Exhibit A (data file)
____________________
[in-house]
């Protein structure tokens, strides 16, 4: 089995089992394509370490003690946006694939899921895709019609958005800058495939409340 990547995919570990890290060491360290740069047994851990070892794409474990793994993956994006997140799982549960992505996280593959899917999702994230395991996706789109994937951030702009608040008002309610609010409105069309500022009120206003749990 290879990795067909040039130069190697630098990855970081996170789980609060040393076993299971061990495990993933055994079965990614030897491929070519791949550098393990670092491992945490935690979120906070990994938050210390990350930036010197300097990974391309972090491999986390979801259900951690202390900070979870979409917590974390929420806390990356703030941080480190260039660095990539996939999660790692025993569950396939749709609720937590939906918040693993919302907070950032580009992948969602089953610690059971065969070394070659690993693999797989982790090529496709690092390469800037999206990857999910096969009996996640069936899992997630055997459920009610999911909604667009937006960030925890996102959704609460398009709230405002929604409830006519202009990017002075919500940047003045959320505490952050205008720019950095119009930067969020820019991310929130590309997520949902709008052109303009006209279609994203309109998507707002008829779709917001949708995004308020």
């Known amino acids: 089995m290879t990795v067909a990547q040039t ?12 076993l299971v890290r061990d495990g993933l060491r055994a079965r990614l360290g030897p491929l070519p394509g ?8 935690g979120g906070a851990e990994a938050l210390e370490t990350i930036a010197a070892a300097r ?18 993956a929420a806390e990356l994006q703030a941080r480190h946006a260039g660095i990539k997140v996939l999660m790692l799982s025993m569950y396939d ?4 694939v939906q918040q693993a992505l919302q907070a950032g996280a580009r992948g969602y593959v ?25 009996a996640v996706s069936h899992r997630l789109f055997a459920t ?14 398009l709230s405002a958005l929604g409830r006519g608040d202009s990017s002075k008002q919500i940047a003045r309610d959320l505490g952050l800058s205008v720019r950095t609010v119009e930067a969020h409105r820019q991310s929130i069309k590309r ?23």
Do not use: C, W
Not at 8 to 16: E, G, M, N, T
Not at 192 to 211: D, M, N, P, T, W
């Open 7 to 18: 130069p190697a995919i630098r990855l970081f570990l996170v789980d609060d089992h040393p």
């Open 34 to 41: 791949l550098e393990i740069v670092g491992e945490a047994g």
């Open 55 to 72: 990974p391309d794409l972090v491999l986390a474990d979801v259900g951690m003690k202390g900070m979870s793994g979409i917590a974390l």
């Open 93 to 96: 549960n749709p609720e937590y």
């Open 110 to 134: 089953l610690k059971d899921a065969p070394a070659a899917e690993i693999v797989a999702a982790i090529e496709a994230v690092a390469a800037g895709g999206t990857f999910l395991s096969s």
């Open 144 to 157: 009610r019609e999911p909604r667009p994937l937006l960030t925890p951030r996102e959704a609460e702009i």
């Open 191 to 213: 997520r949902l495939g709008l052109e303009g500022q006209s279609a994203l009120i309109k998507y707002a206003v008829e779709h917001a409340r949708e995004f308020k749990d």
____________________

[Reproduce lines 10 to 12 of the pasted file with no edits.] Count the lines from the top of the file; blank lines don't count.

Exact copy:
């Open 93 to 96: 549960n749709p609720e937590y």
């Open 110 to 134: 089953l610690k059971d899921a065969p070394a070659a899917e690993i693999v797989a999702a982790i090529e496709a994230v690092a390469a800037g895709g999206t990857f999910l395991s096969s």
């Open 144 to 157: 009610r019609e999911p909604r667009p994937l937006l960030t925890p951030r996102e959704a609460e702009i």